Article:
The first step to blogging consistently on your private practice website is to brainstorm blog post ideas.

I like to do this with a Google Sheet, this way I always have access to it (you never know when inspiration may strike).

But for the most part, I brainstorm blog post ideas/titles for just a few minutes every couple of months. That’s it!

These ideas don’t have to be SEO optimized and beautifully written titles. You can do that later when you write the post.

Just use this time to get ideas down and only write enough so you understand what the blog topic is when you sit down to write later.

Here’s a glimpse at my own spreadsheet:

blogging for therapists private practice

I’ve also created columns for brainstorming headlines, including what category it falls into in my blog, and a spot for notes and links to any articles that support what I’ll be writing.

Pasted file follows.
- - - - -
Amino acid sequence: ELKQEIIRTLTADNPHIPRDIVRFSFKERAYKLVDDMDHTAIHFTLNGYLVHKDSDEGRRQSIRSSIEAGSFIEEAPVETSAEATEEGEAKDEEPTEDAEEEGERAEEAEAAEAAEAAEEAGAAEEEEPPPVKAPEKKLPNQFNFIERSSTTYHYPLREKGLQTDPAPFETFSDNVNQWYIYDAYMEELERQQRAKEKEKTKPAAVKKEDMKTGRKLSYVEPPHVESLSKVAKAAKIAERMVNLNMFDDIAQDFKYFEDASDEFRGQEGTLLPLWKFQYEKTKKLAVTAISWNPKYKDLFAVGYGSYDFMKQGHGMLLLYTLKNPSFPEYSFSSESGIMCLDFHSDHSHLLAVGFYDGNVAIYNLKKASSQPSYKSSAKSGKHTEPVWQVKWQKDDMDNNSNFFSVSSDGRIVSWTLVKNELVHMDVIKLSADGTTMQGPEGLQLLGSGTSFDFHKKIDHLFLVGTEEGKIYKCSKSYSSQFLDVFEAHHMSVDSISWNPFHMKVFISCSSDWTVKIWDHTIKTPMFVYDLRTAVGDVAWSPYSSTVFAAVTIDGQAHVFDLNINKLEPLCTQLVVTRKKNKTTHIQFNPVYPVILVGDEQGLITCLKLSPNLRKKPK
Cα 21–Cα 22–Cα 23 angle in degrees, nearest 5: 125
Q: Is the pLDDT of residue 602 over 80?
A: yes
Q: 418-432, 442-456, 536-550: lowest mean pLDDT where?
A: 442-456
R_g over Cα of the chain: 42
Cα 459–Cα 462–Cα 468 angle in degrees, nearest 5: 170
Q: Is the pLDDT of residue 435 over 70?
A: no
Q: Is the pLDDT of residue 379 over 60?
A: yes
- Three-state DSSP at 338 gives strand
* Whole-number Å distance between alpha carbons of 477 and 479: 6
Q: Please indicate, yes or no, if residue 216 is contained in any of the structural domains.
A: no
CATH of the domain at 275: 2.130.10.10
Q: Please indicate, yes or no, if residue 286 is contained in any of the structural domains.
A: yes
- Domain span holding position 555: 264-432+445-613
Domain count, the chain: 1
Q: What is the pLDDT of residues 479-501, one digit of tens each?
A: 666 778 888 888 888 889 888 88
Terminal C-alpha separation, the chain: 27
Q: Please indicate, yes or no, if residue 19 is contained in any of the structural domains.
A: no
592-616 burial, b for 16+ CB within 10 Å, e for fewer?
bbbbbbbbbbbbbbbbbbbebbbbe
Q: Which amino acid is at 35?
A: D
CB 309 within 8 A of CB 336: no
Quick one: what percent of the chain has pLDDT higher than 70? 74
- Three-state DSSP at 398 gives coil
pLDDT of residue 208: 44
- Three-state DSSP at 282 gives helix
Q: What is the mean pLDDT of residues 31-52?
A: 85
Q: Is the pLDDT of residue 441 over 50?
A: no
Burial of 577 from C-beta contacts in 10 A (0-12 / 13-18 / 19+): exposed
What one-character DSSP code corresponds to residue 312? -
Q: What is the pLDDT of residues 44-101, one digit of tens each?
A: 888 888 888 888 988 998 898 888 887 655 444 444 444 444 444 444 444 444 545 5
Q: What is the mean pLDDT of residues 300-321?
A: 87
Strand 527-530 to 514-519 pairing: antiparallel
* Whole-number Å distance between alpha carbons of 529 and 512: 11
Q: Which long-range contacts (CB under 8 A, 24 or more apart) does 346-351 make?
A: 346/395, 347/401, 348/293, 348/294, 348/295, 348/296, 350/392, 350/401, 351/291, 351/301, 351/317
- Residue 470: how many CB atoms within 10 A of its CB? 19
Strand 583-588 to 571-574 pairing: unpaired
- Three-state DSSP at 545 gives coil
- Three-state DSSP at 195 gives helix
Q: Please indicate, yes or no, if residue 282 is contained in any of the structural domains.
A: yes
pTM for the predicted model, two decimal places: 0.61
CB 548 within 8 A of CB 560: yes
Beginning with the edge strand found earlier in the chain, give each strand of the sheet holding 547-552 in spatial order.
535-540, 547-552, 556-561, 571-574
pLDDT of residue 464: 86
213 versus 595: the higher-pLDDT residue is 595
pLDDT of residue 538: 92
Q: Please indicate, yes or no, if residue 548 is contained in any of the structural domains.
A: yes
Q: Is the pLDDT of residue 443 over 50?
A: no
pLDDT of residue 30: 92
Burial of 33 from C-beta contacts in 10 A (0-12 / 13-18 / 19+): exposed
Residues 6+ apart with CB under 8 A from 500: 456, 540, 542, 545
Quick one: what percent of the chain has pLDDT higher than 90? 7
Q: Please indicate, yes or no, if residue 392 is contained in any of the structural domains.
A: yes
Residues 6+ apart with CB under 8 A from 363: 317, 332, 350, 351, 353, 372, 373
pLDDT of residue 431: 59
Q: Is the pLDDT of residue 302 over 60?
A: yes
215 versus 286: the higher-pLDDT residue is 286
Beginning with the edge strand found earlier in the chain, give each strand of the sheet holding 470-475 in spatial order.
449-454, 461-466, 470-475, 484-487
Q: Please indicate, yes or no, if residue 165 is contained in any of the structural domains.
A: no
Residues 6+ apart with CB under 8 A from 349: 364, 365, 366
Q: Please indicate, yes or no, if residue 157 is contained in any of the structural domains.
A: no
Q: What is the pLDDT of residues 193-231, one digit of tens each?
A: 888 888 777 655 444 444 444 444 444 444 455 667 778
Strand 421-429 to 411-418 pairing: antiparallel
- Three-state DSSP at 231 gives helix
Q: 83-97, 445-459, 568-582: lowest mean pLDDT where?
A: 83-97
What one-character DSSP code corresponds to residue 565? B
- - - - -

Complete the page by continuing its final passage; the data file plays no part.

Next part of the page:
To download a blank copy of this spreadsheet for free (you can keep it on your computer or upload it to Google Sheets) just click here.

And if you’re really struggling for ideas, my friend, Kat Love has created this nifty psychotherapy blog post idea generator.

Step 2: Organize Blog Ideas Into Documents and Folders

It’s this step that truly eliminates the dread we feel when we sit down to write and all we have is a blank page.

The next thing you’ll do is create a folder for each month of the year. Again, I do this in Google Drive so I can access it from anywhere and any device.

organize blog posts into folders

Once you have your folders set up. Go into each folder and create a new Google Doc (or Word doc if you’re just doing this locally on your computer) for each blog post that you’re going to post that month.